Last Revision 06/27/2002
Every year ham radio operators roll out their emergency gear for testing and take part in the ARRL Field Day. As part as an annual thing to go along with set up for contesting, participants meet in the morning for breakfast before heading out to the Field Day site, which this year we were back at Camp Author. At the end of every Field Day, the planning begins for next years Field Day. As always, it took a lot of time, planning and work to make this years Field Day fun and enjoyable. I would like to thank anyone who helped in anyway with this year's activity. Also would like to thank: Jim, Ray, and Scott for bringing out some of their gear to be used this year.
Nine o'clock rolled around and people were starting to show up on site after getting their final 'energy' boost before the work had to be done to set up. First, the military 50-foot tower that holds the clubs 3-element HF beam went up. We were later told by Tom, K9YFA, that the manual says two people can set this thing up in one hour, I beg to differ honestly! After the antenna is put together, then it is time to crank up the tower by placing, one at a time, individual sections on the tower. After this is complete, then it is time to pull up the 80-meter dipole. Once this is done, it's it time to crank up the home-brew tower that the 40-meter dipole is on. This took a little over twenty minutes to accomplish. After all this was done, it was about 12:30 and it was time to get on the radio and test everything out. SWR readings were good, voice and audio checks came back good, and for me it was time to find a spot call CQ a couple times and rag chew with a couple stations before the contest began. Talking for about 20 minutes and giving other stations reports of their audio is was now time to say for the first time this year "CQ Field Day CQ Field from W9EOC". It did not take long to get a lot of stations in there wanting to make a quick contact. As it was obvious to tell by our log a couple hours into the contest, the band was doing quite well for the contest.
Quickly, time pasted and it was time for OPARS annual club dinner. Herb, KB9INQ cooked the turkey and later we were treated to homemade ice cream from Mary N9TQV. All in all, dinner was very good and it was time once again to get back on the radios and continue to rack up contacts. As I soon noticed, it was midnight and the hours of Field Day 2002 were slowly counting down. Few people were on site in the late hours of Saturday, but most of the people who stayed were in the sack by midnight.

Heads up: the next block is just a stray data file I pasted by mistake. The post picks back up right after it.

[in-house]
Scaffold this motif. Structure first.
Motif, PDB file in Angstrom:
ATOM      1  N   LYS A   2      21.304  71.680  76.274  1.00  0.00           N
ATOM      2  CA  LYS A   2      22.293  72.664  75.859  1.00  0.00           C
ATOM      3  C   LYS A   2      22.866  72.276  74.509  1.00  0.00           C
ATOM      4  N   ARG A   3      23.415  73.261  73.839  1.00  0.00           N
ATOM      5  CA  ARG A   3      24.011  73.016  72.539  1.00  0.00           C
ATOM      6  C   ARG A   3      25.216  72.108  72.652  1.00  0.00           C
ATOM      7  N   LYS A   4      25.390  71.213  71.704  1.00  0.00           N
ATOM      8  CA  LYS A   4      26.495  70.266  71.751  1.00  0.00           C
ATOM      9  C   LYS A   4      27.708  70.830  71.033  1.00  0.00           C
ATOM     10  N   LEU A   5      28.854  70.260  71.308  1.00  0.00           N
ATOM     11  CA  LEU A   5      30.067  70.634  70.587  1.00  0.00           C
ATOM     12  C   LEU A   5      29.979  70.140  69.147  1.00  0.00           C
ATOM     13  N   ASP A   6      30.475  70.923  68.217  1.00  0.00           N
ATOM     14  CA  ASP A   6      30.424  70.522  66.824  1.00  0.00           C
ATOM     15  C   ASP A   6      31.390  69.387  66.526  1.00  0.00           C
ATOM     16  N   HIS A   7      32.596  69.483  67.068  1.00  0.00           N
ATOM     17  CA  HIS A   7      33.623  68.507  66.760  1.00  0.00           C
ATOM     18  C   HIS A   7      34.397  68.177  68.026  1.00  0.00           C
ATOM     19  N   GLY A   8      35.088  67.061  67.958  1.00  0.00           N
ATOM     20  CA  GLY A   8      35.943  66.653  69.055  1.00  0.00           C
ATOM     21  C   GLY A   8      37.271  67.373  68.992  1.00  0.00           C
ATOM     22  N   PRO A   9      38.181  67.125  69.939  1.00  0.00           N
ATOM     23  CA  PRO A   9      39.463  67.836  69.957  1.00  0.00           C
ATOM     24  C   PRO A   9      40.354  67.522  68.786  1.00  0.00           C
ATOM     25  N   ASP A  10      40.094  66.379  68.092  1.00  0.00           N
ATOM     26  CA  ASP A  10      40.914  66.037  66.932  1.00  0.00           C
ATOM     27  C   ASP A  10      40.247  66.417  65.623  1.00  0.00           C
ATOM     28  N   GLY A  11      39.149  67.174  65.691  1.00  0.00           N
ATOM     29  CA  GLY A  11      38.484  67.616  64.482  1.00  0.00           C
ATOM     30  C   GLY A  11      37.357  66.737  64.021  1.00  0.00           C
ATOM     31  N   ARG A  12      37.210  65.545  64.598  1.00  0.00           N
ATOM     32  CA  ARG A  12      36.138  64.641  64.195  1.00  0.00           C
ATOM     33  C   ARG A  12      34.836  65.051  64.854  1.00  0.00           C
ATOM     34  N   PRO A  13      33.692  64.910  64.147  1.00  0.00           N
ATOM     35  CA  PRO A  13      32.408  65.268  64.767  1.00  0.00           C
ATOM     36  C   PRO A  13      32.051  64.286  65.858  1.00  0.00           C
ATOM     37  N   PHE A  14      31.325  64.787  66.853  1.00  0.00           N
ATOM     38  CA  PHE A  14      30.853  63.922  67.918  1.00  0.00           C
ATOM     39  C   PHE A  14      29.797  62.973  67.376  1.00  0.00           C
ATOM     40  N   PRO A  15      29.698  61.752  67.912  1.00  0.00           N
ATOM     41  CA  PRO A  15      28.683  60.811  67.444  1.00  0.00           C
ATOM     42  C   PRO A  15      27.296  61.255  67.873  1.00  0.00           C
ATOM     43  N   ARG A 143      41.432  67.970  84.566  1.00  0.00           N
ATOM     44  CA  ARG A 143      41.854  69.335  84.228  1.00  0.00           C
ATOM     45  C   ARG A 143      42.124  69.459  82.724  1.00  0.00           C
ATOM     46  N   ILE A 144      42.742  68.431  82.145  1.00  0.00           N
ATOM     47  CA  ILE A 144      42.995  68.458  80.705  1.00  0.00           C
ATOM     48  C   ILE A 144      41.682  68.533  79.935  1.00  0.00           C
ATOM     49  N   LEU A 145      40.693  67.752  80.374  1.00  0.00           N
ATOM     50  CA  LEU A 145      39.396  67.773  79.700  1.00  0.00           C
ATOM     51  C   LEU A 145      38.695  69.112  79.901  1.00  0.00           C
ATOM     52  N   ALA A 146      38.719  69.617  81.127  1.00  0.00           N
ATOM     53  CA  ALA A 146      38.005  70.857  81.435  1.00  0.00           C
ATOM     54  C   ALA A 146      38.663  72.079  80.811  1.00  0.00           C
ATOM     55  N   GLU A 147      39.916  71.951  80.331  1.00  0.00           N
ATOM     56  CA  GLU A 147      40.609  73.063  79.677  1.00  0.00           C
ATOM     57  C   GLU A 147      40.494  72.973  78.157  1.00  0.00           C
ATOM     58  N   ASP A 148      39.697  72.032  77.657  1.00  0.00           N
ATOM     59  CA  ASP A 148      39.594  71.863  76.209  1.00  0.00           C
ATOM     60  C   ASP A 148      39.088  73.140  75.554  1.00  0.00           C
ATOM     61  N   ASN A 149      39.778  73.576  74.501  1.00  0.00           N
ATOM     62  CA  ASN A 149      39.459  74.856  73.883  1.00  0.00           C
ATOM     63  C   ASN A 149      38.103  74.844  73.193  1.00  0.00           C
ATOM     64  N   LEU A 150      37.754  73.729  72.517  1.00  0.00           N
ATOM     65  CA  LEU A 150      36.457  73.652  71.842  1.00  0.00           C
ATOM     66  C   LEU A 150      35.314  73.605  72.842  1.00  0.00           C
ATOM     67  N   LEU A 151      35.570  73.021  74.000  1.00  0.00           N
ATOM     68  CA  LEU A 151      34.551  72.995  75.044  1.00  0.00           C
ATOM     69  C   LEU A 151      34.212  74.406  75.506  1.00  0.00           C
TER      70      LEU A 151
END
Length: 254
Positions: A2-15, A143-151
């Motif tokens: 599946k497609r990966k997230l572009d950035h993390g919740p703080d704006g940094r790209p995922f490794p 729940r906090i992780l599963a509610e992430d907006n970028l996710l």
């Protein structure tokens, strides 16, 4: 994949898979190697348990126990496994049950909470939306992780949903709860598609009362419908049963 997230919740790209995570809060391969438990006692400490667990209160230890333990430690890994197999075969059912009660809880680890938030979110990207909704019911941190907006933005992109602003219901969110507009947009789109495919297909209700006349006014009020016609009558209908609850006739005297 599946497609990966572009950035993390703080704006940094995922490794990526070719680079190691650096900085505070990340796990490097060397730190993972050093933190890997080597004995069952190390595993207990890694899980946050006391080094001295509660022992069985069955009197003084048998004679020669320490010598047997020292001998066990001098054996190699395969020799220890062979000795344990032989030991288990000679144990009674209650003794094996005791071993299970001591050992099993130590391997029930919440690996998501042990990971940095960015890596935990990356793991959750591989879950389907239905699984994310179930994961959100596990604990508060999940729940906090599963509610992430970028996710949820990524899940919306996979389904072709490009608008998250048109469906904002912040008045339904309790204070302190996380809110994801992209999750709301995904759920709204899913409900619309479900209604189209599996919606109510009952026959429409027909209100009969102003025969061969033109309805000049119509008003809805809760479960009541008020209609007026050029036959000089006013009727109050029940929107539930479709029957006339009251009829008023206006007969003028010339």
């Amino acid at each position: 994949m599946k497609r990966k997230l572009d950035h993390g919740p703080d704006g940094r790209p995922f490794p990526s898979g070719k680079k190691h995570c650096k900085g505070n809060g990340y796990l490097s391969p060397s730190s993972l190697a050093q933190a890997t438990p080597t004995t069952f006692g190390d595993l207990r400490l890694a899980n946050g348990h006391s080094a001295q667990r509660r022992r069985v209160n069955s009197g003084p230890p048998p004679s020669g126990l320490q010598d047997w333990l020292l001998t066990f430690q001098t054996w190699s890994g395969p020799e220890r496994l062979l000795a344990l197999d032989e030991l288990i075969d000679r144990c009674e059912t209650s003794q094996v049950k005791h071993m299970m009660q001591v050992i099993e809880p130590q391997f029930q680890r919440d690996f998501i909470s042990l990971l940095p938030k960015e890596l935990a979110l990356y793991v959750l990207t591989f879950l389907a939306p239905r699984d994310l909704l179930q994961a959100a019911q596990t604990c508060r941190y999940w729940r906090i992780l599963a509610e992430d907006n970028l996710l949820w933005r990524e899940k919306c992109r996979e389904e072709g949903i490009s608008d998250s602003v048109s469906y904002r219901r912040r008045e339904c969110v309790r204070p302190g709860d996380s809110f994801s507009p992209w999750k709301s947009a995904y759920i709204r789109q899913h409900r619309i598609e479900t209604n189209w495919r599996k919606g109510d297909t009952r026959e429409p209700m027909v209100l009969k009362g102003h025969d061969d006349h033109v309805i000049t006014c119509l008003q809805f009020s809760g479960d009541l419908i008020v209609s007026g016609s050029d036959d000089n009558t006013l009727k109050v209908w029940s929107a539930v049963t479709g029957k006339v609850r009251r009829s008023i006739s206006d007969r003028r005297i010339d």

It was now morning, and it was time for biscuits and gravy. This year, with the 'OK' of Ray, N9QEI, we let Herb, KB9INQ make the breakfast. The 'OK' was only needed because of a previous Field Day when we discovered the method used for make the biscuits and gravy. With all this aside, Herb did a good job and breakfast was good and provided the last boost to go out and work the radios before Field Day came to a close. With only a few hours left, things that were longer being used were starting to be packed away and it was only a matter of time before the radios had to be shut down. It was now time for the radios to be shut down, military tower, antennas, and the home-brew tower taken down as Field Day 2002 was officially over. This year's point total is expected to be a little higher than last years. But don't get to down, plans for Field Day 2003 are in the making and before to long you'll be hearing once again:
CQ FIELD DAY CQ FIELD DAY from W9EOC from W9EasyOceanCharlie
--Pictures from this year--
View the picture clip that was displayed in the newspaper
The military tower is almost ready to go up
The military tower is up! Contesting as began, Tanner W9TWJ operates & logs as viewers look on Tom K9YFA has been working very hard!
Tanner W9TWJ works 40 meters as Joe N9XEM logs also Scott & Lyndon work PSK31
Another look at the military tower
Military tower with a look at the 80 meter dipole
A look in on the operating center
Mid-section of the military tower with the home-brew crank up tower with the 40 meter dipole in the background